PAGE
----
When in doubt, consult Dr. Internet
I was in pain. I got out of my car a few weeks ago after a fivehour drive, and could barely walk. My left calf had tightened up. I had no idea why.
“Might be a blood clot,” my 33year-old daughter warned me the next day when I limped past her and then explained the circumstances of my disability.
“You were immobile for five hours. You’d better check it out.”
It’s important to note that my daughter is a certified hypochondriac, and proud of it. For instance, she came into my office the other day and announced that she had burning mouth syndrome, and was off to the doctor to confirm it.
“I’ve had it for a few days,” she told me. “I have all the symptoms — I checked it out on the Internet.”
That reminded me of the constant headaches she complained about last winter. “Wasn’t it a few months ago you were convinced you had linebacker’s disease?” I asked.
“In case you forgot, I had three concussions when I was young,” she huffed. “Just because I didn’t play in the NFL doesn’t mean I couldn’t have linebacker’s disease.”
It turned out, miraculously, that she had neither linebacker’s disease or burning mouth syndrome. But that didn’t preclude her from trying to convince me I had a blood clot.
I was having none of it. I would just tough it out. I was certain my calf would get better with a little time.
The next day it was every bit as bad. No improvement. And I was getting a very uncomfortable burning sensation. I hadn’t pulled a muscle — it made no sense.
That night I got a text from my daughter. “Dad, I talked to a good friend of mine who had a blood clot. She agreed you might have one, too. You should see a doctor.”
It was enough to get me to the computer to check with Dr. Internet. I googled “blood clot in calf” and read about all the symptoms.
Within minutes, I was pretty sure I was dead. I had all the symptoms — stiffness, tenderness, a little swelling, weakness, burning sensation. And, of course, the fivehour car drive without moving my leg. It had to be a blood clot.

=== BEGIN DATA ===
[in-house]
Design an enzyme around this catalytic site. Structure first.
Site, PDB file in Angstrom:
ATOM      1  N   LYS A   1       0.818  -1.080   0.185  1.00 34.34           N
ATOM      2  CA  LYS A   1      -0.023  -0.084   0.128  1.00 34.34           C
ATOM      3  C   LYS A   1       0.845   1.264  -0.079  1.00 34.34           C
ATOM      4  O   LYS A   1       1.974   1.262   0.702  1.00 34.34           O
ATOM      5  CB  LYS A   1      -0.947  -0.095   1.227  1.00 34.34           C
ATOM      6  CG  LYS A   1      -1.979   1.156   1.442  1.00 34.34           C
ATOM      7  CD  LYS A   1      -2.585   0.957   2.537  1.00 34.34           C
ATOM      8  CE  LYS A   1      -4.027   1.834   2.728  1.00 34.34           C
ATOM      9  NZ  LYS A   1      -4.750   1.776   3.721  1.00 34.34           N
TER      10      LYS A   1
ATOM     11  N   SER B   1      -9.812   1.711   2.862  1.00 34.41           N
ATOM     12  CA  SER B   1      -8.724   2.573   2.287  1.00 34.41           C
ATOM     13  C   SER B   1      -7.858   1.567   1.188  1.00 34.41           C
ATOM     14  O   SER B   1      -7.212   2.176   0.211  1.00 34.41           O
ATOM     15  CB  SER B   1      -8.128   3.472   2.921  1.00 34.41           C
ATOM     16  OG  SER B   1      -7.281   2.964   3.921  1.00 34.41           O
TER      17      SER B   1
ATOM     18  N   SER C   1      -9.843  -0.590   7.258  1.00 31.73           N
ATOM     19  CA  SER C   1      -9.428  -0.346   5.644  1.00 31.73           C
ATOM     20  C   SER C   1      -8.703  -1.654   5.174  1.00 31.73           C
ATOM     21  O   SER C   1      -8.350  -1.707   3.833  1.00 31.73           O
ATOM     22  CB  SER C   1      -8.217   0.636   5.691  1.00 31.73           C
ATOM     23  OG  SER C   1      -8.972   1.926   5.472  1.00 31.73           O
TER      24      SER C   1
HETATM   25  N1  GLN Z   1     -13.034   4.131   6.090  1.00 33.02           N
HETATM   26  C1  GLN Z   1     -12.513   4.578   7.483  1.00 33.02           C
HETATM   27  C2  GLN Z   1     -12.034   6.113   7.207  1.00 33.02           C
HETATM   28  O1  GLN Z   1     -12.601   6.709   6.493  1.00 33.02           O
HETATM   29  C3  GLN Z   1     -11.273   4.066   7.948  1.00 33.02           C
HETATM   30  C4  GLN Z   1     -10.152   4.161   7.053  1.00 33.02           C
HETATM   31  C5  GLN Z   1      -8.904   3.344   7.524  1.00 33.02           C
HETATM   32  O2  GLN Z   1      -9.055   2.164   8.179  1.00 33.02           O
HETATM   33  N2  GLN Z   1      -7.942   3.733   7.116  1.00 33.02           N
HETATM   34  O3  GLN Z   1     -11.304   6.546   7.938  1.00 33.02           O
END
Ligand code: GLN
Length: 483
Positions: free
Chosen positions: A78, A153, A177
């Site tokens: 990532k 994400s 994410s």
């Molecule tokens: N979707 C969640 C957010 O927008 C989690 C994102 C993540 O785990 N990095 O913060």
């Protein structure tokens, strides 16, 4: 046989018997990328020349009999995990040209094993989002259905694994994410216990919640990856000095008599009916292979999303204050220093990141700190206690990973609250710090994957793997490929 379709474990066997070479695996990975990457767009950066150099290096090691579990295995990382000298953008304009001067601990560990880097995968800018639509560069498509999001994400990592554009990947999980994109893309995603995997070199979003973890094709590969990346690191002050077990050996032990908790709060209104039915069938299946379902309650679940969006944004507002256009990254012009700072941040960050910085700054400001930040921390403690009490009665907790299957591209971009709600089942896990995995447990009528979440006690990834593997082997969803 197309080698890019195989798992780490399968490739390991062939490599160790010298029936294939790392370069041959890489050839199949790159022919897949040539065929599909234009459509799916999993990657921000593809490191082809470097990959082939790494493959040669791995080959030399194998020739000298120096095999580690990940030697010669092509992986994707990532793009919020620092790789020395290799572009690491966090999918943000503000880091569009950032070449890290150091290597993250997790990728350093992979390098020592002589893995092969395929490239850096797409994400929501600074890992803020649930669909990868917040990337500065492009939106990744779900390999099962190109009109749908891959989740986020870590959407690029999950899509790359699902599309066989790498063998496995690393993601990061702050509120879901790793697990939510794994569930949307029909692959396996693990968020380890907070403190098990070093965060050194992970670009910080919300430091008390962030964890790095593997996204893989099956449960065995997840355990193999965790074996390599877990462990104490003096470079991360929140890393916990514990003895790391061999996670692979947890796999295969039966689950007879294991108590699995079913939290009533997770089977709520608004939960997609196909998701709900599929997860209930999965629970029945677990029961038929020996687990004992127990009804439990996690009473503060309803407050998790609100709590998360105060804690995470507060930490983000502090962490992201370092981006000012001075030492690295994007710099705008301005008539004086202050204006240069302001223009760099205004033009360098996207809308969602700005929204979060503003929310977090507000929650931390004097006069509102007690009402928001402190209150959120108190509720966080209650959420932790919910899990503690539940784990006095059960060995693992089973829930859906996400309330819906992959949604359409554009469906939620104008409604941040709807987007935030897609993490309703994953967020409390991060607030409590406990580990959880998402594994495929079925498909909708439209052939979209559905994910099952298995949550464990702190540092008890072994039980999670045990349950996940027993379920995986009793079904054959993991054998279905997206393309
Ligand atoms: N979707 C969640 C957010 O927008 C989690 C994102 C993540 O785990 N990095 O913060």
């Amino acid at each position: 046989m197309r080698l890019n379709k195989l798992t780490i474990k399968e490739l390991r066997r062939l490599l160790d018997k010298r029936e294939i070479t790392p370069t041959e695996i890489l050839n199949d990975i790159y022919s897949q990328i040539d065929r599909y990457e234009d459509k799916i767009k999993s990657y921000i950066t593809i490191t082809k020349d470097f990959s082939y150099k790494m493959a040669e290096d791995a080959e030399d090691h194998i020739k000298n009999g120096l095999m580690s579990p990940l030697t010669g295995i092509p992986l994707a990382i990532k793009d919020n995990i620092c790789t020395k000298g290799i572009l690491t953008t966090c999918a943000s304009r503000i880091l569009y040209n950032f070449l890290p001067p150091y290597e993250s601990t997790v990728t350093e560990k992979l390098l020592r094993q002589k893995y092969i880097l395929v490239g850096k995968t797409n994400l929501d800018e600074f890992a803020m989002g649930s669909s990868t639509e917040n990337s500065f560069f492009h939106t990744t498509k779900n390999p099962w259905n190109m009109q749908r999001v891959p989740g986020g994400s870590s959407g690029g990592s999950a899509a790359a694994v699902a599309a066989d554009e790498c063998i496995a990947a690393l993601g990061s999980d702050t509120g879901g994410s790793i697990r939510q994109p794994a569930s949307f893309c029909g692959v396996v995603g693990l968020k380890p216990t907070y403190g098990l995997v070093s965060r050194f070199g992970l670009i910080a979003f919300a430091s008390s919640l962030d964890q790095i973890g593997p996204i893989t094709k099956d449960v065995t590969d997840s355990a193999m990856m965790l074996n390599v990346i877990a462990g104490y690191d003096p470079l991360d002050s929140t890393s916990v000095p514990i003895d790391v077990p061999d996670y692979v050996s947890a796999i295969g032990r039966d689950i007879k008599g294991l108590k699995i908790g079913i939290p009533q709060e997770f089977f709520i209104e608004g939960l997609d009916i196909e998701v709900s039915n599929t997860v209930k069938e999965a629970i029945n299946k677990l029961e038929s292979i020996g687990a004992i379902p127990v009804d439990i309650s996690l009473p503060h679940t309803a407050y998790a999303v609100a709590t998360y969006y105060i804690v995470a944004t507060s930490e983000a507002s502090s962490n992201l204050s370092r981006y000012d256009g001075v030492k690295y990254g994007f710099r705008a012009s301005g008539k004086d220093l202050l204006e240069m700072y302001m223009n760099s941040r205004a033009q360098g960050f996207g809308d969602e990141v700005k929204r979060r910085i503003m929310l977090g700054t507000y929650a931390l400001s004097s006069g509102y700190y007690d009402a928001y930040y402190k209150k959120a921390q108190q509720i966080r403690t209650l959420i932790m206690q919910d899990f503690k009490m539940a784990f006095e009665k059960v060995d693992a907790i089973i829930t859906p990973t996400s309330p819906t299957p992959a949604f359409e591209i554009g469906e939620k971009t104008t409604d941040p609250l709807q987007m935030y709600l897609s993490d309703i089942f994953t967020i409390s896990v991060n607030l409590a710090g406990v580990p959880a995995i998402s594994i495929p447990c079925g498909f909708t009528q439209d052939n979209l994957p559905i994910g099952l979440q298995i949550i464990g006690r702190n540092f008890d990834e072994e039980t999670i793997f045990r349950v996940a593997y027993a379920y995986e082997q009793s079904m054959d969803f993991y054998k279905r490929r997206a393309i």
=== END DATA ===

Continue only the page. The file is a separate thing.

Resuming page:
I called the Kaiser hotline and got the night nurse. I told her my symptoms and my diagnosis and she agreed, with my prodding, that I was pretty much dead. She scheduled me for a 9:15 appointment the next morning.
I then went into the bedroom to give my wife the bad news. “I think I’ve got a blood clot,” I told her gently. “If it breaks loose, it will travel to my brain and I will get a pulmonary embolism and I will be dead.”
She actually yawned. “That’s nice, dear. Let’s see what the doctor says. Go to sleep.”
I wasn’t much interested in sleep, since I was going to have plenty of it when the pulmonary embolism hit. But I did manage to doze off, only to be awakened by a searing pain in my knee.
“I think the blood clot is headed north,” I whispered with clenched teeth to my wife, trying to remain strong. “My knee is killing me.”
She sleepily noticed I was holding my right knee. “Isn’t the blood clot in your left leg?” she asked. “That’s a rather strange route it’s taking.”
Oh. She had a point. Maybe it hadn’t broken off yet. But it would.
I managed to make it through the night and headed for the doctor’s office. I was ushered into the examination room and waited for the doctor to give me the sad news.
When he finally entered, I tried to remain brave. I told him my sordid story of the car ride, the sudden pain, the limp, the burning, the weakness, the tenderness, the impending pulmonary embolism, the whole shebang.
He prodded around, measured the circumference of each calf, and then took a blood pressure reading of each calf. Finally, he put his hand on my shoulder (bad sign) and, with a slight hint of laughter, gave me his expert diagnosis.
He was pretty sure it was a cramp.
“I think I’ve got a blood clot. If it breaks loose, it will travel to my brain and I will get a pulmonary embolism and I will be dead.”